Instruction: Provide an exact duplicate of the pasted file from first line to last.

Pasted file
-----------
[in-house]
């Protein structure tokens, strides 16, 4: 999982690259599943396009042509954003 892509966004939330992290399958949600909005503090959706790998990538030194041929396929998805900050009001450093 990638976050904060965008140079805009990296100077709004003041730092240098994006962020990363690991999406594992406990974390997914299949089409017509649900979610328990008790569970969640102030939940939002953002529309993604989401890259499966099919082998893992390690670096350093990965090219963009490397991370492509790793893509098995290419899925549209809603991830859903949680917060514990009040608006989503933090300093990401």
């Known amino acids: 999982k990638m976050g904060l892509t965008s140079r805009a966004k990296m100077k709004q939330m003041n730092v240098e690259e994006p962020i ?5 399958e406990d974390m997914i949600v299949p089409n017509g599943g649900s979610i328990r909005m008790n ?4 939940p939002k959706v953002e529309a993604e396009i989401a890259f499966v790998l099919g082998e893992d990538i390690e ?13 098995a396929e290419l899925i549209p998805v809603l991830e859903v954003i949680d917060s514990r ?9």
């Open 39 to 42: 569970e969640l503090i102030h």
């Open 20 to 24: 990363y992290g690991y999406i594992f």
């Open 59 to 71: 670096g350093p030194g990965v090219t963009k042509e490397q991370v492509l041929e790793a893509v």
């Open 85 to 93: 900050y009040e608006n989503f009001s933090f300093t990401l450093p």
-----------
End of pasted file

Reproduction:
[in-house]
């Protein structure tokens, strides 16, 4: 999982690259599943396009042509954003 892509966004939330992290399958949600909005503090959706790998990538030194041929396929998805900050009001450093 990638976050904060965008140079805009990296100077709004003041730092240098994006962020990363690991999406594992406990974390997914299949089409017509649900979610328990008790569970969640102030939940939002953002529309993604989401890259499966099919082998893992390690670096350093990965090219963009490397991370492509790793893509098995290419899925549209809603991830859903949680917060514990009040608006989503933090300093990401």
């Known amino acids: 999982k990638m976050g904060l892509t965008s140079r805009a966004k990296m100077k709004q939330m003041n730092v240098e690259e994006p962020i ?5 399958e406990d974390m997914i949600v299949p089409n017509g599943g649900s979610i328990r909005m008790n ?4 939940p939002k959706v953002e529309a993604e396009i989401a890259f499966v790998l099919g082998e893992d990538i390690e ?13 098995a396929e290419l899925i549209p998805v809603l991830e859903v954003i949680d917060s514990r ?9």
């Open 39 to 42: 569970e969640l503090i102030h």
């Open 20 to 24: 990363y992290g690991y999406i594992f």
């Open 59 to 71: 670096g350093p030194g990965v090219t963009k042509e490397q991370v492509l041929e790793a893509v």
């Open 85 to 93: 900050y009040e608006n989503f009001s933090f300093t990401l450093p």